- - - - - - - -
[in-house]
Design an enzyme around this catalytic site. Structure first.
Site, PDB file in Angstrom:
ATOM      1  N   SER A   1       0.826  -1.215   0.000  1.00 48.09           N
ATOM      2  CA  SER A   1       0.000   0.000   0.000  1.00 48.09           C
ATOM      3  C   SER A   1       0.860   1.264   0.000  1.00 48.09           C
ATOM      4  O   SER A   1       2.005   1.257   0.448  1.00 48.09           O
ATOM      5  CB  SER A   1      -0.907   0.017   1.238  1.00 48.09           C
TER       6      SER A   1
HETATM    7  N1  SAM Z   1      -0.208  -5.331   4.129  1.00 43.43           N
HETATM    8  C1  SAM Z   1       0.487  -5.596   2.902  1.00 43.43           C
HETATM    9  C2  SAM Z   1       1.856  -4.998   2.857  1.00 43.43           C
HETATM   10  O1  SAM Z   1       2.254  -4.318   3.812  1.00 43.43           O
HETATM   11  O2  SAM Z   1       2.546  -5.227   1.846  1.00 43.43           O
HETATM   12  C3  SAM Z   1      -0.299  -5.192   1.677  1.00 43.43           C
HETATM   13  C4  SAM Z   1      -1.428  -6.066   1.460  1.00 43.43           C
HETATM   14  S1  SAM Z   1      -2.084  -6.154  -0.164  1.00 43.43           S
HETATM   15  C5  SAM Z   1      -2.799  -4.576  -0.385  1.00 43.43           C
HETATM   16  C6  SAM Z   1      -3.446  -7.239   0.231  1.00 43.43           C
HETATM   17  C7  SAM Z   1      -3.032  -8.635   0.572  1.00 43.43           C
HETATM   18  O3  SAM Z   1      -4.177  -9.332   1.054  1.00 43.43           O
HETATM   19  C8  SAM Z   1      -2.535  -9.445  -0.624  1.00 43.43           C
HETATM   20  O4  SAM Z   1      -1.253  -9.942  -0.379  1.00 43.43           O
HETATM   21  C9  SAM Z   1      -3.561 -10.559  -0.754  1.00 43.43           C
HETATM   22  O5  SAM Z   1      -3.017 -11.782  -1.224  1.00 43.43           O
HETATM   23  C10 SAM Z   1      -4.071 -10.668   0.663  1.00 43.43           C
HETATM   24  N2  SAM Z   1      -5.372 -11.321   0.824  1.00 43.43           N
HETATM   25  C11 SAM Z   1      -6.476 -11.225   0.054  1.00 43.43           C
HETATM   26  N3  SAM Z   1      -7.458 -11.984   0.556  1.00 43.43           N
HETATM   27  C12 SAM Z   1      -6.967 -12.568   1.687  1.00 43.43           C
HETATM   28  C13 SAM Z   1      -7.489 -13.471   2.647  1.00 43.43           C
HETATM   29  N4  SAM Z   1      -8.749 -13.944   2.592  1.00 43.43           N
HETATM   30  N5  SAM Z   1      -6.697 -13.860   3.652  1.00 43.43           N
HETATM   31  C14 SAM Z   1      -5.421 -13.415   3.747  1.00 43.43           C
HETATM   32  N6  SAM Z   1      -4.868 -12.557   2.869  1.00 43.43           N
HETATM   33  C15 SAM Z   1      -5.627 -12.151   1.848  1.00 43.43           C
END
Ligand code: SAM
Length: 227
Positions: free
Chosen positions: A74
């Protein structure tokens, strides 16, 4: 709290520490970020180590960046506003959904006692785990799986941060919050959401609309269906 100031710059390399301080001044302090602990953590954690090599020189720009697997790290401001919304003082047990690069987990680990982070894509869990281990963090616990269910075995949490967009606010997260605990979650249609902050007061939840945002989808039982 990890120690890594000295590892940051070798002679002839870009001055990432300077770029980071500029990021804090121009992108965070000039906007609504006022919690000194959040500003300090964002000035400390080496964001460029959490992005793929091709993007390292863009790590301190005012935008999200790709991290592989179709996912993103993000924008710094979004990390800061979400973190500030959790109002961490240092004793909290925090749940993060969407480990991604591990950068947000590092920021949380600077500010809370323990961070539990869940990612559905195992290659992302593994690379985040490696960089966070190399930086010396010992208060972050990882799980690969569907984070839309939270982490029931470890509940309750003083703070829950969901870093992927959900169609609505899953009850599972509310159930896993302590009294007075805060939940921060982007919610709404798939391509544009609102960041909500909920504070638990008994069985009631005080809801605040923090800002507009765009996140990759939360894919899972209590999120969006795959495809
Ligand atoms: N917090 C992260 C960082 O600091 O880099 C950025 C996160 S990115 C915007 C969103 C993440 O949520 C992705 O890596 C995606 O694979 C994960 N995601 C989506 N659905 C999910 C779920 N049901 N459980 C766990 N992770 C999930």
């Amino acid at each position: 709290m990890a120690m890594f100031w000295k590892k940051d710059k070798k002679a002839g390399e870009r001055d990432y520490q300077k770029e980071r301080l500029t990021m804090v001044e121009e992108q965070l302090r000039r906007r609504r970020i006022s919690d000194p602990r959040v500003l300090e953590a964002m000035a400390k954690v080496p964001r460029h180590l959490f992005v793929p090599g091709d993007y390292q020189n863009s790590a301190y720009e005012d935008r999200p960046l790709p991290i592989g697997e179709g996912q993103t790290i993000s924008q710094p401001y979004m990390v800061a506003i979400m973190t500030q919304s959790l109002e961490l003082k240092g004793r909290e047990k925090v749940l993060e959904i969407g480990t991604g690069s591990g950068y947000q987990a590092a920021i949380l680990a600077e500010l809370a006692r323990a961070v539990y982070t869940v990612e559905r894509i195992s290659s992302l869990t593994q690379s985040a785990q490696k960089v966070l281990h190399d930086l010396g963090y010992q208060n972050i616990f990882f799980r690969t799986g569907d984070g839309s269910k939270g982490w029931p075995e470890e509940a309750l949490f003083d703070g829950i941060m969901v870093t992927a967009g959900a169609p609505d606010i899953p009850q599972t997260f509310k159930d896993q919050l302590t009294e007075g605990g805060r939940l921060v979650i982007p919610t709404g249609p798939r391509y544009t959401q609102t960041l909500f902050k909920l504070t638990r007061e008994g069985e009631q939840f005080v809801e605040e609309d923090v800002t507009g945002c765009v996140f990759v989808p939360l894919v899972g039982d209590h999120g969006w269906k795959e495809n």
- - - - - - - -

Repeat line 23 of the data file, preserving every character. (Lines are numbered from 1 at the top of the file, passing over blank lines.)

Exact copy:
HETATM   20  O4  SAM Z   1      -1.253  -9.942  -0.379  1.00 43.43           O